Class Notes (836,591)
Canada (509,862)
English (42)
ENGL 1040 (5)
Dr.Haslam (5)
Lecture

Tarzan of the Apes.docx

17 Pages
118 Views
Unlock Document

Department
English
Course
ENGL 1040
Professor
Dr.Haslam
Semester
Winter

Description
February 3rd midterm: 2 parts: multiple choice, short answer regarding the material we've been reading (including the grammar stuff) and a list of theories and terms in one column and theorists in another column --> match them up -- define 2 of those terms in your own words apply one of those terms to Tarzan in your own words Overview 1912: novel, by Edgar Rice Burroughs, originally published in October issue of the all-story magazine 1914: expanded version published as a hardcover book by McClurg publishers 1918: First films version screens 1923: Edgar Rice Burroughs, Inc. founded: first author to incorporate himself to protect royalties 1929: First comic strip appears 1932: First "talkie" film was released: first radio series airs Very popular The way in which it started to dominate multimedia culture Massive phenomenon Popular culture, mass culture phenomenon 30s to 1960s new Tarzan movie every year (sometimes more than 1 a year) Cannot over estimate the importance of Tarzan Argument overview/structure of novel Tarzan is the individual man, thrust into an unfamiliar landscape The hero's séparation from his own origins and his lack of belonging in his new surroundings makes him stronger than other people The (white) hero is pitted against a (non-white) enemy, who is portrayed as weak, violent and childlike The (male) hero falls in love with the first (white) woman he sees, who, of course falls in love with him All of the above frames a need for a new kind of (white, American) masculinity, that s threatened both by radicalized, globalized "other" and by the "effeminacy" of civilization Thesis statement Major debates is the debate between nature and nurture Nature vs. Nurture Essentialism (born with a particular essence that defines who you are) vs. Social construction Are each of us personally -- and humanity as a group -- shaped more by somethings innate within us (biology; soul; essence; human nature), or by our surroundings (upbringing, background, culture) Cultural theories tend to side on "nurture" side of things Freud: driven by our id, our libido, but we shape our "ideal ego" and so our behaviour according to "public opinion" How do people deal with these desires that aren't publicly accepted? Repression (ignore it) and sublimation (take desire that is not accepted and redirect it onto something else) Marx: Shaped by the economic forces (base) of society, and by the class relations of that society; later Marxists say culture (superstructure) also helps to shape (interpellate) us Barthes: Shaped by language and the myths of our culture(s) Tarzan: Natural or Nurtured? Society can shape us (in negative ways) See comparisons of Tarzan and the other Lord Greystoke (page 70) Tarzan is being favoured - represented as the pinnacle of masculinity and strength whereas his cousin is represented as weak (can't even handle an undercooked piece of pork). Sees that we are shaped by our nurturing but sees that social nurturing is a bad thing. The social construction has a damning effect of someone, whereas Tarzan is raised in nature Outside of society, and so not shaped/nurtured by civilization Stripped of all social and cultural institutions so not "constructed So, he represents the "essential", "natural" man Page 85 - one man has the whole forest afraid of him while the other one is weak Tarzan is nature itself in some ways Page 19 - idea that they aren't just in a different place they are represented as being in a different time - in jungle of foundation of humanity itself (at the dawn of evolution). The basic most natural, least civilized space as possible Page 50 - Basic, most natural a human can be - the essence of humanity Page 153-154 -- image of the primeval man and woman - striped of all society - blurred not seeing clearly but when that goes away she discovers love etc. Essence of humanity Allusion - alludes to another piece of work Page 162 - representation of first humans - Tarzan is like adam Page 166-167 - leafy bower is direct quotation from … used to describe the garden of Eden. Tarzan is represented as the first, most essential person Ideal man is strong etc. whereas the ideal woman (Jane) is represented as passive, weak, unable to cope on her own. But as recognizing the ideal man -- has all the characteristics of victorian femininity but she is also a little ebit more like an active man than the woman around her Tarzan is stripped of all influence - best of human nature Burroughs vs. Theorists Burroughs: There is an essential human nature Some aspects of human nature are "universal" Repeating a certain gender code/myth Page 20 Page 196 Critical of society - strips man He outstrips all of our strong men - he is way above average he is the ideal man Jane becomes the essential woman in his presence (as do - to a point - Tarzans mom and dad as they are stranded Theorists: Freud: we all have an id, but we learn to repress & sublimate based on cultural expectations: Tarzan as "ideal ego" Marxism: "universa;" traits are ideological and are used to support the status quo Barthes: Notions of human nature are meaningless until put into a particular myth (think of the "family of man" exhibit_; and the myth again serves the status quo Burroughs' essential man/ideology of gender Real man: Real men are courageous Real men are chivalrous Real men are physically strong Real men take charge Real woman love real men: women are heart, men are mind, but real men are mind and physical strength Civilization takes all that away, so real men, like Tarzan have to get back to nature to discover their "true" selves "Cult of the primitive man" Boy scouts Extra reading Women are more governed by their body than men are Don't talk about cycles in men but do in woman (men have 24hr cycles - but only ever hear about women and their personality during "the time of the month") Ideology that supports the status quo (a dominant power that stays in power - basically men) Men are represented as more rational women are represented as emotional Page 12 of her piece "If the topography of the universal subject….. Page 20 of Tarzan - men are represented as philosophical Jane doesn't think, she acts (acts emotionally by kissing Tarzan) She (author of extra reading) is saying men are rational, women are physical - doesn't match up with Burroughs list of a real man - ideal man in Tarzan is perfectly fit as well but he is also rational -- it is his brain that makes him better than his surroundings (the apes) but he is also strong (real men are mind and physically fit) What might Burroughs be worried about here: society losing the image of the ideal man (men doing office work - loss in physical strength) challenging the myth that men are purely mind The early part of the 20th century the boy scouts are created - after Tarzan came out there were groups modelled after Tarzan were kids could join - also a time with an emphasis on physical health, and natural parks --- Burroughs sees society as striping us as something human - if we are too separated from it we all become Lord Greystoke in London (a little too soft) trying to define a new masculinity. Masculinity for the new urban age Trying to find new definitions of gender (women more active and men more physical) Scouts is all about making young boys more honourable through nature - revived turn to nature Dealing with a changing society (women were started to get jobs, African Americans were now starting to work next to the white people) Burroughs wanted to bring it back -- give the white man strength February 10th Structure of the exam 2 parts: material that we covered from the writing handbook (only on stuff that was scheduled for tutorials not ones on snow storm days) and a) list of 5 terms from theoretical readings - match to theorists name and b) define 2 of the terms in relation to the larger thing in which they are found --- example Id -- the id is our instincts - one component of our psyche, our drive to survive… basically expand the definition -- the more detail you give (if accurate) the higher your grade will be In a paragraph you will have to relate one of those theories to Tarzan Smith article Embodiment Page 5 under heading the universal subject - 6 lines under that "The inaugural moment…. as a fixed… consciously pursuing its…destiny." Talking about the individual the way we defined it in first or second class -- the idea of humanity of a group of individuals that are self contained units of independent action --- refers to universal subject -- referencing the individual who is the universal subject We are all separate unique individuals It didn't always exits (the idea that we are all individuals) - its a theory in other words This notion of the individual is much more detailed, restrictive than the theory says. In theory we are all self-motivated etc. But this theory actually doesn't work this way in practice. Idea is that is actually something that benefits certain people. Who does it benefit? This is what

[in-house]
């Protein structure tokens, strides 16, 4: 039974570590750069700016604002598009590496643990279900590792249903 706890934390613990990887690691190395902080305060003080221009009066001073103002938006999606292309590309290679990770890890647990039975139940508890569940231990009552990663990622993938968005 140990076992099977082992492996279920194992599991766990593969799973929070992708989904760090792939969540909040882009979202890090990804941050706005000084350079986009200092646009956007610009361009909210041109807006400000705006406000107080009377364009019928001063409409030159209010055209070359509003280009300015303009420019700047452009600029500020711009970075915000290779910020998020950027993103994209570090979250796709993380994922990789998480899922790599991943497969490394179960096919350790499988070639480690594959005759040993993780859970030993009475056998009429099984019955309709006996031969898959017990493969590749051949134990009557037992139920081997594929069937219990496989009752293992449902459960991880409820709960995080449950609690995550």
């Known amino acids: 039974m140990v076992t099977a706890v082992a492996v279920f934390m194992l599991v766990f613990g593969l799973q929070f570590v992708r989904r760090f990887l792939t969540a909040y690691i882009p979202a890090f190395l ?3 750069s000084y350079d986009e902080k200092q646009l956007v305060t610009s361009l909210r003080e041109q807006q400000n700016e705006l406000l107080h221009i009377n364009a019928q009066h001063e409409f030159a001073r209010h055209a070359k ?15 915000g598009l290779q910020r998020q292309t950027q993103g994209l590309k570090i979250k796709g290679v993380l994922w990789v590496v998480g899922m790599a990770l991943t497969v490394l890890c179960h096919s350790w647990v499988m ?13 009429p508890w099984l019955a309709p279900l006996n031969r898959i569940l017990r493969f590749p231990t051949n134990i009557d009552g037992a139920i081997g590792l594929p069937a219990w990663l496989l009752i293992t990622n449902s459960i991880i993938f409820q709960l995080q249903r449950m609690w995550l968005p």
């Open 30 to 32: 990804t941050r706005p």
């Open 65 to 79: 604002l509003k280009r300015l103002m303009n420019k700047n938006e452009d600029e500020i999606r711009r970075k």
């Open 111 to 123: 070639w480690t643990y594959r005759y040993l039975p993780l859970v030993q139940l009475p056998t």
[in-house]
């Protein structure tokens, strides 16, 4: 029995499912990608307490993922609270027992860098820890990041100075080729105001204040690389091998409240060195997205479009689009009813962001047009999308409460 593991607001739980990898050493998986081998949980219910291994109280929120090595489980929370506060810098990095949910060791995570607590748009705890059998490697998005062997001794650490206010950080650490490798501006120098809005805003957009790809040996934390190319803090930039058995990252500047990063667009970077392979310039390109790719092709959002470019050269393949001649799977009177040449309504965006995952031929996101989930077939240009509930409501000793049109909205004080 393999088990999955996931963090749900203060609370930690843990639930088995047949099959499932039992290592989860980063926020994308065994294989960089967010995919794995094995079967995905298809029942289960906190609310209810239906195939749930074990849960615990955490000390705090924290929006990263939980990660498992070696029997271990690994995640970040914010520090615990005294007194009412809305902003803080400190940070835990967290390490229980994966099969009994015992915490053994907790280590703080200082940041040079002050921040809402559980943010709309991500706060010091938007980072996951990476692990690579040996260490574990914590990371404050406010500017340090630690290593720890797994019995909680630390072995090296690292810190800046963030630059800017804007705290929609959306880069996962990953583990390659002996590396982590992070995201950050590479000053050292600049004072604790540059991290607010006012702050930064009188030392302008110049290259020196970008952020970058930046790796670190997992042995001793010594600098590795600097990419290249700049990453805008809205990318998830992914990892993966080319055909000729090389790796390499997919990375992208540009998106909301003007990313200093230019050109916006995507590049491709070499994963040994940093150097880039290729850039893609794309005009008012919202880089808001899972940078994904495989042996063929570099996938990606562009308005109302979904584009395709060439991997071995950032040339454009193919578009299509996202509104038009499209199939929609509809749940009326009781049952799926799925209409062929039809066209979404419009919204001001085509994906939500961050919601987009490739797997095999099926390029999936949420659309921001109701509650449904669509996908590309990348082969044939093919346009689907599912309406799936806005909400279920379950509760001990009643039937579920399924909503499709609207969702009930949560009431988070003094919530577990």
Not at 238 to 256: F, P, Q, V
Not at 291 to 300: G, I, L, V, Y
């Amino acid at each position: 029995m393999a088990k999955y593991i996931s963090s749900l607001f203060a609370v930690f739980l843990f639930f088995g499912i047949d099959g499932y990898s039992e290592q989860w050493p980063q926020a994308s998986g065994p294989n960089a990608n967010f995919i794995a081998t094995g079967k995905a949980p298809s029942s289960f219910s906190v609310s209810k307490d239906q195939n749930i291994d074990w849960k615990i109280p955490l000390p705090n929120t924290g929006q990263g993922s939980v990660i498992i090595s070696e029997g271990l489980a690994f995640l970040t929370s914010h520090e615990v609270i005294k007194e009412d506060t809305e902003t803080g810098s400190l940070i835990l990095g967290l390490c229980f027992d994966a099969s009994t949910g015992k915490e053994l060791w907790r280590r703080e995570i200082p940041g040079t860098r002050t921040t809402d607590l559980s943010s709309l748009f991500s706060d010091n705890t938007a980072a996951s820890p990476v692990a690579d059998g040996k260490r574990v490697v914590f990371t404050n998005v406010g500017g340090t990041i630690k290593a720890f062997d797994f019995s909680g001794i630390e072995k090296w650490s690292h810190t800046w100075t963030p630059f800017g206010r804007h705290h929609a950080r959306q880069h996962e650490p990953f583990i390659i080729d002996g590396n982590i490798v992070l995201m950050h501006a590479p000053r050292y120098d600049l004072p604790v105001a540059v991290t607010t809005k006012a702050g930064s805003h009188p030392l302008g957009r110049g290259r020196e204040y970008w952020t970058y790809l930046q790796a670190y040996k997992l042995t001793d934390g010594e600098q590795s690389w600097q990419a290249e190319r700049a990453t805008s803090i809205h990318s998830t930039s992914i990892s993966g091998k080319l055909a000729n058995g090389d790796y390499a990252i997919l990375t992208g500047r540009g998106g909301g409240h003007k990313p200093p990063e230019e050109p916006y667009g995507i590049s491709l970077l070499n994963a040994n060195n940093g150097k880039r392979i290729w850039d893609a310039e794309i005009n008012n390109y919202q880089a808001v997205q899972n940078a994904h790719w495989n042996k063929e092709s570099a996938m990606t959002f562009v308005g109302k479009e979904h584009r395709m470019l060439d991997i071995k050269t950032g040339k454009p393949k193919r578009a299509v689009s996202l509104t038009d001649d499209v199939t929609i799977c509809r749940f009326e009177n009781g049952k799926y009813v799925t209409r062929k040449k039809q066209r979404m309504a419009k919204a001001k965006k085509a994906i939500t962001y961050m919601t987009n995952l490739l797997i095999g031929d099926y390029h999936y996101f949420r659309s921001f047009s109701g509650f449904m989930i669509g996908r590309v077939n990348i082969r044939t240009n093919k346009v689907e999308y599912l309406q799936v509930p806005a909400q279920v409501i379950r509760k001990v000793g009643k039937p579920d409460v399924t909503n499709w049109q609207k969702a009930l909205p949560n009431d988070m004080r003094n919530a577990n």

More Less

Related notes for ENGL 1040

Log In


OR

Join OneClass

Access over 10 million pages of study
documents for 1.3 million courses.

Sign up

Join to view


OR

By registering, I agree to the Terms and Privacy Policies
Already have an account?
Just a few more details

So we can recommend you notes for your school.

Reset Password

Please enter below the email address you registered with and we will send you a link to reset your password.

Add your courses

Get notes from the top students in your class.


Submit